• You should never disable a nuisance smoke detector. If it goes off when there isn’t a need, press the silence button. If you disconnect the smoke detector, reconnect it immediately.

2) Plan a fire escape route with your family
While our boys are still pretty young to fully understand a fire escape route, my husband and I haven’t even discussed this amongst ourselves. Hear me on this: a fire escape route is not something that you want to just wing and hope for the best. Have this conversation with your family and be sure that every member knows how and where they are supposed to exit your home should a fire occur.

  • Have two possible exits from each room in your home in case one becomes blocked in a fire. These exits can be doors or windows, just be sure you have a back-up plan.
  • If you have a multi-level house, have a fire escape ladder.
  • Practice your evacuation plan a few times a year so everyone is comfortable with what to do in case of a fire.

3. Sleep with your door closed
Our boys’ room is across the house from ours, and we habitually sleep with each of our respective bedroom doors open every night. The thought process behind this has been that we can hear what is going on in their room, and it’s easier for our toddler to get to our room in the middle of the night (a trek he makes most nights) if both doors are open. That all makes sense, right? Imagine my surprise when I discovered during my research that not closing our bedroom doors is a big mistake.

Much research has been done touting the benefits of a closed bedroom door in the event of a house fire. A closed door can keep toxic gases from entering the room, maintain a lower and thus, safer, room temperature, and act as a barrier to prevent the actual flames from entering the room (or at least slow their progression).

4. Once you’re out, don’t go back in
Our family has two dogs we adore. They’re a part of our family (as I’m sure your pets are) and it breaks my heart to think about something happening to them. When it boils down to it, though, even our beloved pets aren’t worth going back into a burning home for.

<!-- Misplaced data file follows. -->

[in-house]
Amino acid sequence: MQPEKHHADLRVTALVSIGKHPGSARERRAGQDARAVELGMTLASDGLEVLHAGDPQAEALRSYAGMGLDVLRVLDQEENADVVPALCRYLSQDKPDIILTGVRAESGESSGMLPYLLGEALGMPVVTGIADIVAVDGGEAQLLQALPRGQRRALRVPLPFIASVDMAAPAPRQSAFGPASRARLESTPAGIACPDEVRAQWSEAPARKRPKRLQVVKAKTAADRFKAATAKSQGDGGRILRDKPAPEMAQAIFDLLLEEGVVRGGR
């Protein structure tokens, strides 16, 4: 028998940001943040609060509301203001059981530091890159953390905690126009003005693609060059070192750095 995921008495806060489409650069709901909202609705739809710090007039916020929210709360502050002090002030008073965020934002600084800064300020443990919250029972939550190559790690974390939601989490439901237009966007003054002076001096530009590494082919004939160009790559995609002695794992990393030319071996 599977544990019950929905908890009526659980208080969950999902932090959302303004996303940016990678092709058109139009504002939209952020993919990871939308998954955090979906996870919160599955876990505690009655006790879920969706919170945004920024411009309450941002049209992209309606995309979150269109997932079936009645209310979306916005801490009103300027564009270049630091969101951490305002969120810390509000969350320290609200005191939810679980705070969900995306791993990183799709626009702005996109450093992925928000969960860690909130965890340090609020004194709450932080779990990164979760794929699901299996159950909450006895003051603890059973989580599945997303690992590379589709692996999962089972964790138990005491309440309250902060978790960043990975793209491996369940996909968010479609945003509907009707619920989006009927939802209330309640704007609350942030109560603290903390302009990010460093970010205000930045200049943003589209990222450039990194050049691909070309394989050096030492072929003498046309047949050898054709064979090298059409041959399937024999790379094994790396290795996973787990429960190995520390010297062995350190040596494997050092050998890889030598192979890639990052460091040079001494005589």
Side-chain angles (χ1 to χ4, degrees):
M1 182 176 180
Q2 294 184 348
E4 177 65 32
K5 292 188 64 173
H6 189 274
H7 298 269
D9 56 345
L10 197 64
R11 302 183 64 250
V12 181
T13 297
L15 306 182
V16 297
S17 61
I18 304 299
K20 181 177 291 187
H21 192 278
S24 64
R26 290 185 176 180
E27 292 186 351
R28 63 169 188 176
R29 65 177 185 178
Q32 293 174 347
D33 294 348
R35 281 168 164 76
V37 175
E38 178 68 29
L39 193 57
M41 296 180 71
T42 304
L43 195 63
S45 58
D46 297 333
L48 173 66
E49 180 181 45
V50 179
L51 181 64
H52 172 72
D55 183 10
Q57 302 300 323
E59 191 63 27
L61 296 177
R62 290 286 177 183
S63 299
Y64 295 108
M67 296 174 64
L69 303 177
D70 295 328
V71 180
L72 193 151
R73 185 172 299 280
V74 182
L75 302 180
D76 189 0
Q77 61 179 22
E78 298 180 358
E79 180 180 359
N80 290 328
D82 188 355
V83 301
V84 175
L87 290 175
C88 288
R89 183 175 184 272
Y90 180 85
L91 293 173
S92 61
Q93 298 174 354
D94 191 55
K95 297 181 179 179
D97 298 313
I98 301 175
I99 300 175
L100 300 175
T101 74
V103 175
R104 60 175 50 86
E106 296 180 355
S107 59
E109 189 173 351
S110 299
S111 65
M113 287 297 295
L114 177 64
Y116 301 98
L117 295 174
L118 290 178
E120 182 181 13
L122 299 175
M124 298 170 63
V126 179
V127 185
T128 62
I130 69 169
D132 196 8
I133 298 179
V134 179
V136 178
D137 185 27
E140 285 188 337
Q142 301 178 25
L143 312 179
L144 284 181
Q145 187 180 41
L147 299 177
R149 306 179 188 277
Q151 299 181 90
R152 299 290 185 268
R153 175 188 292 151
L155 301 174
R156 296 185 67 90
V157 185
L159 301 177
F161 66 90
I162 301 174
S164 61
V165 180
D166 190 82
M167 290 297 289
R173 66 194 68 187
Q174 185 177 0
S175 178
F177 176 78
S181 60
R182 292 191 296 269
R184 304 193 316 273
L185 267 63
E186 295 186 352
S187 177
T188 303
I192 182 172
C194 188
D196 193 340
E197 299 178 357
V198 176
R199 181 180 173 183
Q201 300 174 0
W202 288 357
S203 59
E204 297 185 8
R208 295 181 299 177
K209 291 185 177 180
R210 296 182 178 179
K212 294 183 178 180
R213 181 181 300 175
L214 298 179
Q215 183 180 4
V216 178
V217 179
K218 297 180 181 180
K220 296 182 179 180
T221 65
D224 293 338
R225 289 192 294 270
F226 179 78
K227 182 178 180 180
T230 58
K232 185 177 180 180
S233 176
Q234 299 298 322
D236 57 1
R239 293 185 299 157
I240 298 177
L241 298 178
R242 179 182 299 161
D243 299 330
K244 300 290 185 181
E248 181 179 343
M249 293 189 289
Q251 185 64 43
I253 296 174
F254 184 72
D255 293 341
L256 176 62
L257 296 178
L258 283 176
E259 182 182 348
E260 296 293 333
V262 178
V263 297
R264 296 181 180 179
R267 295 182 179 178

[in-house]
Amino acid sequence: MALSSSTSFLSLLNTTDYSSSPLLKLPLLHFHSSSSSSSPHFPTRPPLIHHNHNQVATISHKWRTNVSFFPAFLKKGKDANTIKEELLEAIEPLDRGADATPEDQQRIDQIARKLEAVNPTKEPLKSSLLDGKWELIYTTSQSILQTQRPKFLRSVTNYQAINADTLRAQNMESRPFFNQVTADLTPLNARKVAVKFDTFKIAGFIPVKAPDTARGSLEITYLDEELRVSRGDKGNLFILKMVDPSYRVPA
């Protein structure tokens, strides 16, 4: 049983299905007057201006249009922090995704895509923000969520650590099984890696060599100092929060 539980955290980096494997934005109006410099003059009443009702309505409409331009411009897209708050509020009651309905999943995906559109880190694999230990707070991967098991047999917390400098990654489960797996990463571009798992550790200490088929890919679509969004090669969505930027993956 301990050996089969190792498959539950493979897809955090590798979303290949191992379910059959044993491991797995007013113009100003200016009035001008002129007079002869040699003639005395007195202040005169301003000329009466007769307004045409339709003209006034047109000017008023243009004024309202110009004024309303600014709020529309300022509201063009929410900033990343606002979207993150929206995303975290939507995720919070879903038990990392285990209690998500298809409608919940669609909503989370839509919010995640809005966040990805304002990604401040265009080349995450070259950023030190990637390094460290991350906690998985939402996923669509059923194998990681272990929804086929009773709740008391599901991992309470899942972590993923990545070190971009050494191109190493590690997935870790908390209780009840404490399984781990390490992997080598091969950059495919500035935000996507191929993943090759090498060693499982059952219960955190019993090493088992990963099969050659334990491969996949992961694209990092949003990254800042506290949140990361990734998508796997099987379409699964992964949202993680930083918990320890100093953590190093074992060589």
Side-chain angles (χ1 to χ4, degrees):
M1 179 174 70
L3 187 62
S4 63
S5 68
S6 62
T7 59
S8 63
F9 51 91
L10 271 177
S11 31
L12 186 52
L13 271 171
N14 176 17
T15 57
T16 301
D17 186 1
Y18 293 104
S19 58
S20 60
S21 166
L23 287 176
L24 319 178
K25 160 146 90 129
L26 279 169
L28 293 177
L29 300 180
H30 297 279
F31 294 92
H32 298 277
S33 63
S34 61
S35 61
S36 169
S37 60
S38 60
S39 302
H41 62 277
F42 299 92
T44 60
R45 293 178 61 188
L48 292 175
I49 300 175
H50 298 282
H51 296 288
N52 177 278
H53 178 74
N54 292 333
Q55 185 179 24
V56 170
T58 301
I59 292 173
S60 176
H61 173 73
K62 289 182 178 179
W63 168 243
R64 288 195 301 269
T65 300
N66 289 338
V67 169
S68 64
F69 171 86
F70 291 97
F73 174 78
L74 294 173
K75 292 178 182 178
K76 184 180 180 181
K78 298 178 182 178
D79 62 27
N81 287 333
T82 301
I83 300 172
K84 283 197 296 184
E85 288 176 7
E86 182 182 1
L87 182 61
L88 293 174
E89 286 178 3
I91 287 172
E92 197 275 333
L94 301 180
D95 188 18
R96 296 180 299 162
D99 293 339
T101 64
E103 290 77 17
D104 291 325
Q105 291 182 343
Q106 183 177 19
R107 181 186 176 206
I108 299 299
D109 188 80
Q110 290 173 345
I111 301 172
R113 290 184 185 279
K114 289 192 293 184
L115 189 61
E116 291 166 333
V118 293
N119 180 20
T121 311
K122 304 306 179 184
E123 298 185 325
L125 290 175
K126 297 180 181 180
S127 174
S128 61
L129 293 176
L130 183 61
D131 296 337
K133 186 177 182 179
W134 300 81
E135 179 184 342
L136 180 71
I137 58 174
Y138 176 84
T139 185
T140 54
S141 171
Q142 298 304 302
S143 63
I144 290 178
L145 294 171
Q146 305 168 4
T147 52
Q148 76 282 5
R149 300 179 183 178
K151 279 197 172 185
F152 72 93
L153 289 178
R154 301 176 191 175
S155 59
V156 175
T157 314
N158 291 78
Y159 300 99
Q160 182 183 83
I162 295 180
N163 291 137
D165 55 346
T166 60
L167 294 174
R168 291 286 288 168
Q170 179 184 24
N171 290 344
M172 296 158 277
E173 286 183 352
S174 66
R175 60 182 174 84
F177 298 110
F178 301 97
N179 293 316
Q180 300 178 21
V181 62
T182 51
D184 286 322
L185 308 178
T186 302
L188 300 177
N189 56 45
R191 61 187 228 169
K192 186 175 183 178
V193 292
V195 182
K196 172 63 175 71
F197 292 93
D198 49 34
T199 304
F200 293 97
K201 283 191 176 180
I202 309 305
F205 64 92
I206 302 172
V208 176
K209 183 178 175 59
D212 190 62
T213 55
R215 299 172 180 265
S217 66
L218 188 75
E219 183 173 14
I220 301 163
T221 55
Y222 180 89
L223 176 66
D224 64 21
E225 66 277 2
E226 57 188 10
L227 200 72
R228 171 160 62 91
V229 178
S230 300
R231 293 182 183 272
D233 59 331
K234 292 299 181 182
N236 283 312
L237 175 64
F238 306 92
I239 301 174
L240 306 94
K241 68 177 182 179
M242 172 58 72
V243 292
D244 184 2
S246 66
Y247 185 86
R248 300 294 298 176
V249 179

The same goes for possessions. I don’t care if it’s an old coin collection that has been handed down for generations or a valuable piece of jewelry that can’t be replaced. Whatever it is, it’s not worth your life or a family member’s life. You can buy a fire safe box to store valuables, but the only truly irreplaceable thing is your life. DO NOT go back into your house for any reason.

If you want to learn about other fire safety precautions you can take, I encourage you to do some Googling of your own. The information is there if you’re willing to take the time to educate yourself for the sake of your family.

Yes, This is Us is just a show (as my husband likes to remind me each week), but house fires? Those happen every day. When you know better, you do better, and my family will be better protected from now on out as we utilize these fire safety tips.

Now, hand over the tissues and chocolate.

Casey Huff

Casey is a middle school teacher turned stay-at-home-mama to three littles. It's her mission as a writer to shine light on the beauty and chaos of life through the lenses of motherhood, marriage, and mental health. To read more, go hang out with Casey at: Facebook: Bouncing Forward Instagram: @bouncing_forward